Thirdly, use a variety of tools but don’t rely too much on technology. Undoubtedly, it is very important to incorporate electronics into your lessons. However, relying on technological tools can become boring or predictable over time. So, it better not to rely too much on technology and to keep things fresh and exciting, use different tools and online games. For instance, use power points often and show videos on the lesson’s topic to your students. You can also use VR, if available, as it is a great way to immerse the students in their work.
Fourthly, make learning accessible for students. It is known to all, digital learning allows students to have the opportunity to access the work even after the lesson is finished. But, as a teacher, you need to store study material on a platform that can be accessed by the students. For example, if you show your students a video or a PowerPoint, you could save the material on the cloud to help students get access to it whenever they want.
Fifthly, personalize learning pathways for each student because not every student can learn at same pace and have same understanding level. So before starting a class ensure that you use resources that have varying degrees of difficulty. This will provide a challenge for the more academically-gifted students, and you will be there to assist the weaker students.
Sixthly, choose a blended learning model that caters to your needs. There are a variety of blended learning models. So, before implementing any style of teaching into your classroom, find a model that you prefer. For example, the station rotation model involves students rotating to different technology stations around their classroom.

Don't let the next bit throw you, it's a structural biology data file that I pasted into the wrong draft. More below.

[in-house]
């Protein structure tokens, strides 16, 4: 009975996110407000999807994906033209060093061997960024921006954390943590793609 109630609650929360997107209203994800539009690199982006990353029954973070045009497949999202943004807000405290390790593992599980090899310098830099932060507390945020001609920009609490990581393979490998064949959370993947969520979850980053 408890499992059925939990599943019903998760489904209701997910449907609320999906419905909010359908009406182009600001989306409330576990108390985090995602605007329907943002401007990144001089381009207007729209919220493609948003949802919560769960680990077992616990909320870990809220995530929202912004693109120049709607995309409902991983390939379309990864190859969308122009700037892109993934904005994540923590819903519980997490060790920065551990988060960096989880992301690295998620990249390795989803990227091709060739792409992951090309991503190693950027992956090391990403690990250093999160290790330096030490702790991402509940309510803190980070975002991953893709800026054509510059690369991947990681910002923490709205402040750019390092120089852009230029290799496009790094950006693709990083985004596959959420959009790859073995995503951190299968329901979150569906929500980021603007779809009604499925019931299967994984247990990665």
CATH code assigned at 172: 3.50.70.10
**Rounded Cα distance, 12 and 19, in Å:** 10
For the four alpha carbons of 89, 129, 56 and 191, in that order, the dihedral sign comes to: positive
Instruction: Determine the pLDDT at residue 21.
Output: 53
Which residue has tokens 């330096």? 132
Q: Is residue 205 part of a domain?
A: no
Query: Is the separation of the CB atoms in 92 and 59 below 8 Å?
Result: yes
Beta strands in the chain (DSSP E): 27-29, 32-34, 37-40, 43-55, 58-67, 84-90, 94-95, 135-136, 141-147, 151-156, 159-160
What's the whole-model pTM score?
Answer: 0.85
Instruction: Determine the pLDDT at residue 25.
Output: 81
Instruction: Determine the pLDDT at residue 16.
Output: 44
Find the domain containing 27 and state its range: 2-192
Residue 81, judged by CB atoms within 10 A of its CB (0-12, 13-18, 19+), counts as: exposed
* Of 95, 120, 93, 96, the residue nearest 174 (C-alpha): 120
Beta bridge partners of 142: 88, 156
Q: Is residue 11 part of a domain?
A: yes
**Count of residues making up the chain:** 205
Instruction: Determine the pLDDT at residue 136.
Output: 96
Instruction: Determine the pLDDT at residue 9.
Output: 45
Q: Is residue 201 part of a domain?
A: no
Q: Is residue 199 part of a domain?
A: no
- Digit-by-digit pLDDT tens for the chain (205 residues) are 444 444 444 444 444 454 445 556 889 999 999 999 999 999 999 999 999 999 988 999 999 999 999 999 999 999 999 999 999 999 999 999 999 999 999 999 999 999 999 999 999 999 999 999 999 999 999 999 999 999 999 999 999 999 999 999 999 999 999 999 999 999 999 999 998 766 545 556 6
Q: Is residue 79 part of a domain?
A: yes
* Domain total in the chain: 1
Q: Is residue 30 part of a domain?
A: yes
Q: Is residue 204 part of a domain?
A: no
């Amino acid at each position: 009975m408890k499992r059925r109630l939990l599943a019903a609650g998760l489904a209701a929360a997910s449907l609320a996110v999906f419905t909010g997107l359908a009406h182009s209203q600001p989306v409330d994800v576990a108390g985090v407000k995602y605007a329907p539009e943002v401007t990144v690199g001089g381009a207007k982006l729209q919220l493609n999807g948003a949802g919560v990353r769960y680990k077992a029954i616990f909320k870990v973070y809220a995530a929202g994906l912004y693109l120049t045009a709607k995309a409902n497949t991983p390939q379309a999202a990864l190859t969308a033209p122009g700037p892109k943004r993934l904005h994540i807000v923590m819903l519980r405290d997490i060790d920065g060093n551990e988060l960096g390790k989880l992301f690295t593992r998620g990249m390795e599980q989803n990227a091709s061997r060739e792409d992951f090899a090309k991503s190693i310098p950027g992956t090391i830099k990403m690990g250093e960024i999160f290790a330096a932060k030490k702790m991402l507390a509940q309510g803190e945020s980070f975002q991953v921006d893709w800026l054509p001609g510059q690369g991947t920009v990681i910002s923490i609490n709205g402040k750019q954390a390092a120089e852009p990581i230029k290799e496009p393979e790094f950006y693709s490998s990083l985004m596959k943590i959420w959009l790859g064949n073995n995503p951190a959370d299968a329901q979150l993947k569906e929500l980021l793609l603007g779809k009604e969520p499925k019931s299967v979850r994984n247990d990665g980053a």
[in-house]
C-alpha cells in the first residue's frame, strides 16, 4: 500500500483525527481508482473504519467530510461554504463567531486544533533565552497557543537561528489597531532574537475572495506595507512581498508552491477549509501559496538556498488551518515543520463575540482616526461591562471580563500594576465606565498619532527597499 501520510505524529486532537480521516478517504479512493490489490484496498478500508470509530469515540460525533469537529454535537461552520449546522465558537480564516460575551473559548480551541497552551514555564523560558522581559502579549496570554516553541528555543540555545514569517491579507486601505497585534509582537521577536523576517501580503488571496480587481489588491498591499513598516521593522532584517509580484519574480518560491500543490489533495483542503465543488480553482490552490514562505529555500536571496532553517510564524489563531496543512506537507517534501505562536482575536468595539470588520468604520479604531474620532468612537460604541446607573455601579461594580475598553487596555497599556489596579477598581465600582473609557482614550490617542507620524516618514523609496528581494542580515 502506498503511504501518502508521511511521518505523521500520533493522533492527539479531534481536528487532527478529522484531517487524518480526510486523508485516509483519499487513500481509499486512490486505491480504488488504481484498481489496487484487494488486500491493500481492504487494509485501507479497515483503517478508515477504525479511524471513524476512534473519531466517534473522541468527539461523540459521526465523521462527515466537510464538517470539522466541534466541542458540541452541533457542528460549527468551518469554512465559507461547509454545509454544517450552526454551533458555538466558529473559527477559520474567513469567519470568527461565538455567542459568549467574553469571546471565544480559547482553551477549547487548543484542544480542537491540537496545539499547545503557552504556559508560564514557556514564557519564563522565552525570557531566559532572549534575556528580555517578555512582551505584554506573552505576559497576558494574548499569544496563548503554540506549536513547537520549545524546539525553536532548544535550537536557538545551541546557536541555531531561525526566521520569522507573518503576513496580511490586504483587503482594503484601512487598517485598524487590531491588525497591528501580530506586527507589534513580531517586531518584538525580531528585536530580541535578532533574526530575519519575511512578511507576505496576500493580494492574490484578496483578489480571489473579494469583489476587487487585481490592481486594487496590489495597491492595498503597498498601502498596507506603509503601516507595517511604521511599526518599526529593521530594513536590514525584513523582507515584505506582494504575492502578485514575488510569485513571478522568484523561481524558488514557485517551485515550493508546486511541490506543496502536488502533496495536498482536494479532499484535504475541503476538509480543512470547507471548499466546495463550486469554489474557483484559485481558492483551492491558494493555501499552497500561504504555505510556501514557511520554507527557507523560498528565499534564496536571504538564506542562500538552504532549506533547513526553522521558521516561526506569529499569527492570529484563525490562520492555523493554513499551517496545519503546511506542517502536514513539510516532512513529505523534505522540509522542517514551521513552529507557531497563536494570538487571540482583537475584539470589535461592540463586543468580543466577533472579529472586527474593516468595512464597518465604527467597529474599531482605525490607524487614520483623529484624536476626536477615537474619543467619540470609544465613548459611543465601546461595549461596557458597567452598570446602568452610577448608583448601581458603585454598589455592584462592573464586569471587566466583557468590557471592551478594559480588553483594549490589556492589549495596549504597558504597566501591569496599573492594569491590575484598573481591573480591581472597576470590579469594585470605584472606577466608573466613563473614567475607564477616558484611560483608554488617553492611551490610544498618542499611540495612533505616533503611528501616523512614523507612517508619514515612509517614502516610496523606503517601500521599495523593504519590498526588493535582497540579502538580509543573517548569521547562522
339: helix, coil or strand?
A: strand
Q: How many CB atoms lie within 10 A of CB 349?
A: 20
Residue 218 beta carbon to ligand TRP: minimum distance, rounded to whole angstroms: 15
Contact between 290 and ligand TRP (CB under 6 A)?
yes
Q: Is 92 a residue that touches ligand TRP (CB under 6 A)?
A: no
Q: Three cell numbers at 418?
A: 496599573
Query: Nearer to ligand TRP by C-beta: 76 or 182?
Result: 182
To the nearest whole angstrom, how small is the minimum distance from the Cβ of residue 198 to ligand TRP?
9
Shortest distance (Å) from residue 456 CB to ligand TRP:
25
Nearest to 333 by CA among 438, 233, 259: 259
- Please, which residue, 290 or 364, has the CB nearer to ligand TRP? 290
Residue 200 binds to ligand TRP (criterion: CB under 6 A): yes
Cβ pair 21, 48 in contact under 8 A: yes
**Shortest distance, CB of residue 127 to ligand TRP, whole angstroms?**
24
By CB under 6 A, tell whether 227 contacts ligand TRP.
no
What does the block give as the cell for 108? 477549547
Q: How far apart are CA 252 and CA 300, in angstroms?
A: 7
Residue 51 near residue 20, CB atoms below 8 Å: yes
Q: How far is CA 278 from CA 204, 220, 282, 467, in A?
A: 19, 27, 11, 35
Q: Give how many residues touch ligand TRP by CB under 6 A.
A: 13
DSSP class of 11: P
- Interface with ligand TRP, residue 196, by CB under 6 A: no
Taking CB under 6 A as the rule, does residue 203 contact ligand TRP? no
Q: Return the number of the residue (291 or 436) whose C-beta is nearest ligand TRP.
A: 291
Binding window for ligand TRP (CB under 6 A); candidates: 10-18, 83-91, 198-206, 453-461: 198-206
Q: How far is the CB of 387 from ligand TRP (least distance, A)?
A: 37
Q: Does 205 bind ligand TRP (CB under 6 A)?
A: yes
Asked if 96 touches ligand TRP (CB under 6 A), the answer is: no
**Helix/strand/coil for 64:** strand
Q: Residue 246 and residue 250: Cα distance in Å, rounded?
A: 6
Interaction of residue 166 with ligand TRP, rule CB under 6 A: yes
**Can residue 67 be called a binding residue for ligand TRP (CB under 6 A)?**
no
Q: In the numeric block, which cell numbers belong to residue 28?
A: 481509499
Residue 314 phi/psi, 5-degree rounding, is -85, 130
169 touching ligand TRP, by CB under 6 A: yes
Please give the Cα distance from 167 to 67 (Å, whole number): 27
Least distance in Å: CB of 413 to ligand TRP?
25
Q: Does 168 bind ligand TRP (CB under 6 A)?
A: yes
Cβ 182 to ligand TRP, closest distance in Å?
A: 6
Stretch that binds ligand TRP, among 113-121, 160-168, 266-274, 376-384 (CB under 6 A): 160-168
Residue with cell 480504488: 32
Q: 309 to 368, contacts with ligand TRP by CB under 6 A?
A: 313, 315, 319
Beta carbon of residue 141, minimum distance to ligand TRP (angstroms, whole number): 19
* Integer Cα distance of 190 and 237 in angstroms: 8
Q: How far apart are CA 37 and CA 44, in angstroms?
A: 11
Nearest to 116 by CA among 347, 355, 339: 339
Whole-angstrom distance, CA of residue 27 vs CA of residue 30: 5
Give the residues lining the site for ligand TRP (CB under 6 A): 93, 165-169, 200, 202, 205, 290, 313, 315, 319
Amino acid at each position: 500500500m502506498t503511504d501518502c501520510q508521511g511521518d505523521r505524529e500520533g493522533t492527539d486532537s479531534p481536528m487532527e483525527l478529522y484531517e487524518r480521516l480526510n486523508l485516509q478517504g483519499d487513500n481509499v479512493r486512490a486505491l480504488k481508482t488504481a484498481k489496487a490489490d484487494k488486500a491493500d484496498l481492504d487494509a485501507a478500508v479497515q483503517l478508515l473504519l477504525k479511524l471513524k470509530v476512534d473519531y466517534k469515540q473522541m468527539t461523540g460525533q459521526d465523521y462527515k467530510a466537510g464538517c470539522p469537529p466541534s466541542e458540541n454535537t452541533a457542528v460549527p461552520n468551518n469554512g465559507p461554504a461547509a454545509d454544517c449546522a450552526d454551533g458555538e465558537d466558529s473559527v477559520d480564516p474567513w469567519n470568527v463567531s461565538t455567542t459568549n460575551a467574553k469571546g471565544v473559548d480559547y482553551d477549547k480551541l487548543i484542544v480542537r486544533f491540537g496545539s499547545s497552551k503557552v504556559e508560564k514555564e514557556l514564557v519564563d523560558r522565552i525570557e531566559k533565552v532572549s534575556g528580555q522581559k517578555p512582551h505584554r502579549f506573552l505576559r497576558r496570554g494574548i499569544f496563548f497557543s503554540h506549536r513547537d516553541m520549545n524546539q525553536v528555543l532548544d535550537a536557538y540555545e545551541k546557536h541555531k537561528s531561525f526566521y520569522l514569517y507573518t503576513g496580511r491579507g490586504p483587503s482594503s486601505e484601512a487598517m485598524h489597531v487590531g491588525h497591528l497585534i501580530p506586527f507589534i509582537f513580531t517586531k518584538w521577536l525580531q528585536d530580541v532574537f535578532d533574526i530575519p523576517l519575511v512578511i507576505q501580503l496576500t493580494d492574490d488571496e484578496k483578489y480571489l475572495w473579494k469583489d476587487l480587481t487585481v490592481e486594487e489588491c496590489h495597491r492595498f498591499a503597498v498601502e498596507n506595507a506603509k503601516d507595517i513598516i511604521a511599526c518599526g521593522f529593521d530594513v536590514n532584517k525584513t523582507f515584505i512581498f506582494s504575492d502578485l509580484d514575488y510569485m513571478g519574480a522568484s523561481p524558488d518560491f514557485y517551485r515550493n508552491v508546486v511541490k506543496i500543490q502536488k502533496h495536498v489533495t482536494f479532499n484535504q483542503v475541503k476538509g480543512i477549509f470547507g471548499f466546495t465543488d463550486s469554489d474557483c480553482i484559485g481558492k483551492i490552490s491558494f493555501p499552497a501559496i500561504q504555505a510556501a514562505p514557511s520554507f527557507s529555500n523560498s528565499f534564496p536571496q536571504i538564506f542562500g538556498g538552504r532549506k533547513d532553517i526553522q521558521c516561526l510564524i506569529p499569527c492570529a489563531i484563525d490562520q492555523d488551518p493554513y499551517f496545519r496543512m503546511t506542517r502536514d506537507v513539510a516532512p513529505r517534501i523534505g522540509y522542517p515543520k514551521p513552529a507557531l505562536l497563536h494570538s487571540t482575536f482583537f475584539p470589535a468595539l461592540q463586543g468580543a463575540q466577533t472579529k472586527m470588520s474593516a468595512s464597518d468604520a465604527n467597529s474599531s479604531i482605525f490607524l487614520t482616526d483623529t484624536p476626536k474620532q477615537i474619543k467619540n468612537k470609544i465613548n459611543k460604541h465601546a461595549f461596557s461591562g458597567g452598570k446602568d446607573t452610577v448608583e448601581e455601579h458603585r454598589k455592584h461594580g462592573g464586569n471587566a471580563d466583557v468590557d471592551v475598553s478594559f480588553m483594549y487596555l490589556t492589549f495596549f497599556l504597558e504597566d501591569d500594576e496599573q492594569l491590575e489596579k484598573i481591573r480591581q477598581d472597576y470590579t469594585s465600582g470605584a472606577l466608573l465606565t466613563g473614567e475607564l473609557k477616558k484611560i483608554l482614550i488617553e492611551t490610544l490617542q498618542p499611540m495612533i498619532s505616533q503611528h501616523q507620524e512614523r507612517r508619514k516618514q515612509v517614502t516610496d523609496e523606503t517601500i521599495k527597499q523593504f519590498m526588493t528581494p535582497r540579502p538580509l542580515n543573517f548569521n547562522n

Seventhly, experiment with the flipped classroom model. This model of learning is suggested to be the future of education. As flipped classroom model ‘flips’ the traditional role of each learning space. So, student can use independent study time to watch lecture content and introduce new concepts. Then use class time to engage in discussion about this information, do exercises with the support of their teacher, and engage in group work and discussion.
This favorite model of teachers and students allows class teachers to maximize the social value of classroom time, while ensuring that students don’t miss out on learning new information.
Last of all, try something outside of the box. It is very important to try new things because doing the same things over and over again, learners can get bored and disengage. So it’s advisable to try to liven your blended learning approach with something outside of the box. For example, you may launch a social media network or a group over it for educators. It would support blended learning with a virtual classroom feature that would allow educators to Live stream, make audio or video conference calls, share their screen, files or a virtual whiteboard, and much more with your students. It would also give educators the power to create, share and reuse interactive learning experiences and assessments while leveraging over 30 learning content templates.
Did we miss out any? If yes, please let us know in the comments.